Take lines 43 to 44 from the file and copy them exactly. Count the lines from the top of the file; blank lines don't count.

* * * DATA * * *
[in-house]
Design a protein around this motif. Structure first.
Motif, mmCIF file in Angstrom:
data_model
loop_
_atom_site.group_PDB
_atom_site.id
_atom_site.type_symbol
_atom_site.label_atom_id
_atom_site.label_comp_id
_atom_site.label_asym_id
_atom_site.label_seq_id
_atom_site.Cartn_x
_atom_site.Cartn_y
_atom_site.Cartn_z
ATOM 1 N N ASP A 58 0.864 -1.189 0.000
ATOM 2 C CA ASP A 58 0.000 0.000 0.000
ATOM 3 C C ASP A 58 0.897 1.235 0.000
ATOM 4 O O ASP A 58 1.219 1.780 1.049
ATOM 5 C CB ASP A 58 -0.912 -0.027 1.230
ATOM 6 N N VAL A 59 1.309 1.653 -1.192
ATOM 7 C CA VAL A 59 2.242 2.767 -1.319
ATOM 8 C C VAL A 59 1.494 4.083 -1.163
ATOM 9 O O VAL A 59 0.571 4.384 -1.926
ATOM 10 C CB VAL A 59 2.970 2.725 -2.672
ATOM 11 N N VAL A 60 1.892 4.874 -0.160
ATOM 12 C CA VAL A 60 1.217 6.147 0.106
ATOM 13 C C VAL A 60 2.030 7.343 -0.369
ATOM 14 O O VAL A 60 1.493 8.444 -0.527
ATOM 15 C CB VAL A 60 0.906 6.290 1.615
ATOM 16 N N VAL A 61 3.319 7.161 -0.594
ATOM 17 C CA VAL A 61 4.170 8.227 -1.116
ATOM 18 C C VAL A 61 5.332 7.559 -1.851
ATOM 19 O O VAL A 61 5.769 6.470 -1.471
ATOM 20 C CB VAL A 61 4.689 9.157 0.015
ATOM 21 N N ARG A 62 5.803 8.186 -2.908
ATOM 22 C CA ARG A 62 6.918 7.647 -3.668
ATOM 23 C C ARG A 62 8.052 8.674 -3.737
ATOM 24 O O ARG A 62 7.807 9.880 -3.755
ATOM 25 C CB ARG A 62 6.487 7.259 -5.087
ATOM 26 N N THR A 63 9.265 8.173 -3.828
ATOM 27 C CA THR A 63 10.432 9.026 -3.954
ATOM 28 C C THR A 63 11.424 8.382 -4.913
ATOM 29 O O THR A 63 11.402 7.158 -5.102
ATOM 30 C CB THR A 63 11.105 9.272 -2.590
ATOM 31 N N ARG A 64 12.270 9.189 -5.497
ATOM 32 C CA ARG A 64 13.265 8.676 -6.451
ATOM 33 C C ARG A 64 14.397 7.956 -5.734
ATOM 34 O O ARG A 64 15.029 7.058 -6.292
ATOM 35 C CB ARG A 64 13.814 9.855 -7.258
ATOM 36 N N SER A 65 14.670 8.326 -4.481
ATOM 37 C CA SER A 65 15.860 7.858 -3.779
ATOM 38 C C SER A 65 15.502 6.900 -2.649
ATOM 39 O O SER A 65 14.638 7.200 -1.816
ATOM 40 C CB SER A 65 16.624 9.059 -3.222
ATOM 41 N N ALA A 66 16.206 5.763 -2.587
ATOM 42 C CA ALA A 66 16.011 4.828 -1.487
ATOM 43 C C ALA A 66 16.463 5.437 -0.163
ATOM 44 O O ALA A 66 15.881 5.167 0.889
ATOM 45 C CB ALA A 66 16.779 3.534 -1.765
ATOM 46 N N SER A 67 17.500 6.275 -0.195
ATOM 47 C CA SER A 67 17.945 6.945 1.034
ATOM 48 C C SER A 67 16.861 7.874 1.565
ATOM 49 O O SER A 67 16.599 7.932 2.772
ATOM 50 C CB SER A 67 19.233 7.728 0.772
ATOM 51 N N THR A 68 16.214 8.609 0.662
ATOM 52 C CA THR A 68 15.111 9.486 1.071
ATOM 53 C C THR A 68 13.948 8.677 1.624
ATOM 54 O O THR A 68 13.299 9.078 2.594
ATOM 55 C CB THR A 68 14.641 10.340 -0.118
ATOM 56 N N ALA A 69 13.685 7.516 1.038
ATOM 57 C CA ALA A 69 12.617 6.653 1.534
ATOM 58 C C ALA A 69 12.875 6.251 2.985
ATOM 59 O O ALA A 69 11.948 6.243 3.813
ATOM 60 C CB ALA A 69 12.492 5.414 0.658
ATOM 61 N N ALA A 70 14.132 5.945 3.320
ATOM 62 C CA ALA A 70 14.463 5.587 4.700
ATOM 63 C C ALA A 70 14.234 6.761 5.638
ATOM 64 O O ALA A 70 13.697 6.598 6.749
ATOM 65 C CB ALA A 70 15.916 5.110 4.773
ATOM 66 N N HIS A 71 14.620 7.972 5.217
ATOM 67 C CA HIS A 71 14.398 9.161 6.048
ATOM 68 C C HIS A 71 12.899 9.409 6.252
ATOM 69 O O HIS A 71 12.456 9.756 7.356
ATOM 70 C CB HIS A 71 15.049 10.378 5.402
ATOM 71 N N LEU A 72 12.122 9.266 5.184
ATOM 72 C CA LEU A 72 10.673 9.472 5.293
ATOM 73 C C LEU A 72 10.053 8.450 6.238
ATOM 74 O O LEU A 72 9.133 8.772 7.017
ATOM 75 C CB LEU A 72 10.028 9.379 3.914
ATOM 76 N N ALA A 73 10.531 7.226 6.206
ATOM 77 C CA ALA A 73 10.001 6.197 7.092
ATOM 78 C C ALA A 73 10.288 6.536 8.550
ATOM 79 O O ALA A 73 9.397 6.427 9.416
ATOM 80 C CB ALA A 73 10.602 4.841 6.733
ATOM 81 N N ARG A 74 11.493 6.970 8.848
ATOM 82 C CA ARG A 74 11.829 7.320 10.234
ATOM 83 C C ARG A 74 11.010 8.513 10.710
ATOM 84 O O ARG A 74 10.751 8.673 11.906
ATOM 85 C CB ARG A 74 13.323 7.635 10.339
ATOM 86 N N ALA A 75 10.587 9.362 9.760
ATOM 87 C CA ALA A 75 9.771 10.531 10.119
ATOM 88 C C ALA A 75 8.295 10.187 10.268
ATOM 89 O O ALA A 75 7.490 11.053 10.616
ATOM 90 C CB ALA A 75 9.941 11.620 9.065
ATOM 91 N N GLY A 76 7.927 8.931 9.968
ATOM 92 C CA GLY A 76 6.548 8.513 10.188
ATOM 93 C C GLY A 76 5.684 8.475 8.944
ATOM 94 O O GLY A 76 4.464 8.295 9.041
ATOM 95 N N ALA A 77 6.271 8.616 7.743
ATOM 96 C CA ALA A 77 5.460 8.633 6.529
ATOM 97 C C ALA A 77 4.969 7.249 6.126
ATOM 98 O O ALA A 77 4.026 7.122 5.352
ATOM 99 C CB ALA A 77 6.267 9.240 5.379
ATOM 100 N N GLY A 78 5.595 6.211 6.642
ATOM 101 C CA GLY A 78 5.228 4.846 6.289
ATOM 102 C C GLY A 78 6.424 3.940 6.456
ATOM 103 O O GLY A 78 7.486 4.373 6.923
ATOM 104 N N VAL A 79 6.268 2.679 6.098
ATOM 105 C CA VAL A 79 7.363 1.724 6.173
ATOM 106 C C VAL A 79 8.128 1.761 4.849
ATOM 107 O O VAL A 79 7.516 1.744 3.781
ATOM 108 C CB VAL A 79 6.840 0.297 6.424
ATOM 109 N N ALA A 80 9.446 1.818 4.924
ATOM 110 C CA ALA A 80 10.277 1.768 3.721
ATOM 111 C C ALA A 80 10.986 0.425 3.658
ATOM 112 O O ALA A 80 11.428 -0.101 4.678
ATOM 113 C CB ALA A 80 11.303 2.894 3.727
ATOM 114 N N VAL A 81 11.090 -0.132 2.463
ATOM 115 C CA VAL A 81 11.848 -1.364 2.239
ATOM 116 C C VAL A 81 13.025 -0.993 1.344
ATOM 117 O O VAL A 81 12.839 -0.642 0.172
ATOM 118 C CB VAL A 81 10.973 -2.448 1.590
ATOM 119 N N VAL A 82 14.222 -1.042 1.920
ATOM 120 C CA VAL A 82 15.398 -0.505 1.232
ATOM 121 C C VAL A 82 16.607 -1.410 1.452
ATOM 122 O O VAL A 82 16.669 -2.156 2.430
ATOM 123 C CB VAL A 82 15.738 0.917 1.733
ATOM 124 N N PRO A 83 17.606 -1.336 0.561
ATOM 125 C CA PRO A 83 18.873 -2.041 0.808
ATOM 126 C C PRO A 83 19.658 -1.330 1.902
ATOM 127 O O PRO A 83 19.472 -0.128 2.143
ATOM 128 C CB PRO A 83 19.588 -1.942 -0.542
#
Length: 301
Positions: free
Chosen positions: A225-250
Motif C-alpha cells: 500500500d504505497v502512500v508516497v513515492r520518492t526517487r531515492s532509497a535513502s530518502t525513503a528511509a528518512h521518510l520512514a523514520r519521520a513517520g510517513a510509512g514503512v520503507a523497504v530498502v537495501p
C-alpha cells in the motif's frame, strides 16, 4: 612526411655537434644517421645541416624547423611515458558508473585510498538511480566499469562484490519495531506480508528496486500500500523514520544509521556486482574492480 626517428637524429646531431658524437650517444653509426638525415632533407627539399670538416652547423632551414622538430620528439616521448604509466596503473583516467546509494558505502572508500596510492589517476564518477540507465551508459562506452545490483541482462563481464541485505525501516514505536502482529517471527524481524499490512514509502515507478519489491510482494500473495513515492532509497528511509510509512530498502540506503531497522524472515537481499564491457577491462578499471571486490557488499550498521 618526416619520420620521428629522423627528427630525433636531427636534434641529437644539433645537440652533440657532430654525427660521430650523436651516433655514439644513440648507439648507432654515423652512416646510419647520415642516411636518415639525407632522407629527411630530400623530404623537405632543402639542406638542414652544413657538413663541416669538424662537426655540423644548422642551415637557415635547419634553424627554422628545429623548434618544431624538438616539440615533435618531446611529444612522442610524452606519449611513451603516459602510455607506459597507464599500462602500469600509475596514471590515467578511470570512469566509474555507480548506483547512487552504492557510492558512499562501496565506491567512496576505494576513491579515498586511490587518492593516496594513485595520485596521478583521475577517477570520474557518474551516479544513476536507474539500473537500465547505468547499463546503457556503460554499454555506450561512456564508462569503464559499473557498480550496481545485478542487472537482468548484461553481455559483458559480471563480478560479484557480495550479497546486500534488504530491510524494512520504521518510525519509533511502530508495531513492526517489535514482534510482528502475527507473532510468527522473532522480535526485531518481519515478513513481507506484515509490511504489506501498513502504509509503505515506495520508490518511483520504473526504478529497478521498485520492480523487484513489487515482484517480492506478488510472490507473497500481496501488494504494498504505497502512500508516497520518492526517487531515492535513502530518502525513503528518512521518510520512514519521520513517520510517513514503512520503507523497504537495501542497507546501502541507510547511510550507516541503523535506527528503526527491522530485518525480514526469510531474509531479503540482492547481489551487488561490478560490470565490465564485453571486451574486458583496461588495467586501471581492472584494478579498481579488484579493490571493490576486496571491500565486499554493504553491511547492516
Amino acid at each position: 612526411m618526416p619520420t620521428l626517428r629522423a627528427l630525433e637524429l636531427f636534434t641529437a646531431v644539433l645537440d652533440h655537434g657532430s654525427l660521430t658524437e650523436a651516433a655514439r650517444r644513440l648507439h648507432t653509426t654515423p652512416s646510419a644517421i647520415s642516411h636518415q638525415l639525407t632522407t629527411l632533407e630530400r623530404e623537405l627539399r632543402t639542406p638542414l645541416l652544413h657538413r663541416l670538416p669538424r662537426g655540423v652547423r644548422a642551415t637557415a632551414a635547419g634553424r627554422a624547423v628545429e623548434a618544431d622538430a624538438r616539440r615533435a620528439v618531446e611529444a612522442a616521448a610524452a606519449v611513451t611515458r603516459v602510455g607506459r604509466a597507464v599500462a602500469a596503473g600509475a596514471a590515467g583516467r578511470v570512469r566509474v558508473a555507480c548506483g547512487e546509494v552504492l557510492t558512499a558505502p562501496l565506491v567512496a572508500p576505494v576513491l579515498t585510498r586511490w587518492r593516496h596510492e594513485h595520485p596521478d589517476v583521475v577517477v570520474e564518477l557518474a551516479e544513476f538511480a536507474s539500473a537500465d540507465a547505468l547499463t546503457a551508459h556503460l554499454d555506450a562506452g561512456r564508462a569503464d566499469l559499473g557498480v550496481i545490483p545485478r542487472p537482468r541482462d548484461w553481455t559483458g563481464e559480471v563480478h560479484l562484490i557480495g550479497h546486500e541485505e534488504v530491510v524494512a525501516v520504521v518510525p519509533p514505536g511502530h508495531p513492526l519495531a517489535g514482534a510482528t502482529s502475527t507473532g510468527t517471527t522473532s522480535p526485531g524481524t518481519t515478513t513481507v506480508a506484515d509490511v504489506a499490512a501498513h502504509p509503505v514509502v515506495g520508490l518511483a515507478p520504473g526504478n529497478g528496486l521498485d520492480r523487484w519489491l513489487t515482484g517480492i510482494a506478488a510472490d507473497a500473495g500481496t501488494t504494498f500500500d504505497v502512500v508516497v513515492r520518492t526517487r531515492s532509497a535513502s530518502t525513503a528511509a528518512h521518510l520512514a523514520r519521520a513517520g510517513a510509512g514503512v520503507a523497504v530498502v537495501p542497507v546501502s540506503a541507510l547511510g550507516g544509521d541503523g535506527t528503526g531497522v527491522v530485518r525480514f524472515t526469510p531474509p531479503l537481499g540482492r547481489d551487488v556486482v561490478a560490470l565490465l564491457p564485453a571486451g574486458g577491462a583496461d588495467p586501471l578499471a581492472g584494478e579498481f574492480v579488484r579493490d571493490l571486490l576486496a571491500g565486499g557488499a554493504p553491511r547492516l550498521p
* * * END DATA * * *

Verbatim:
ATOM 28 C C THR A 63 11.424 8.382 -4.913
ATOM 29 O O THR A 63 11.402 7.158 -5.102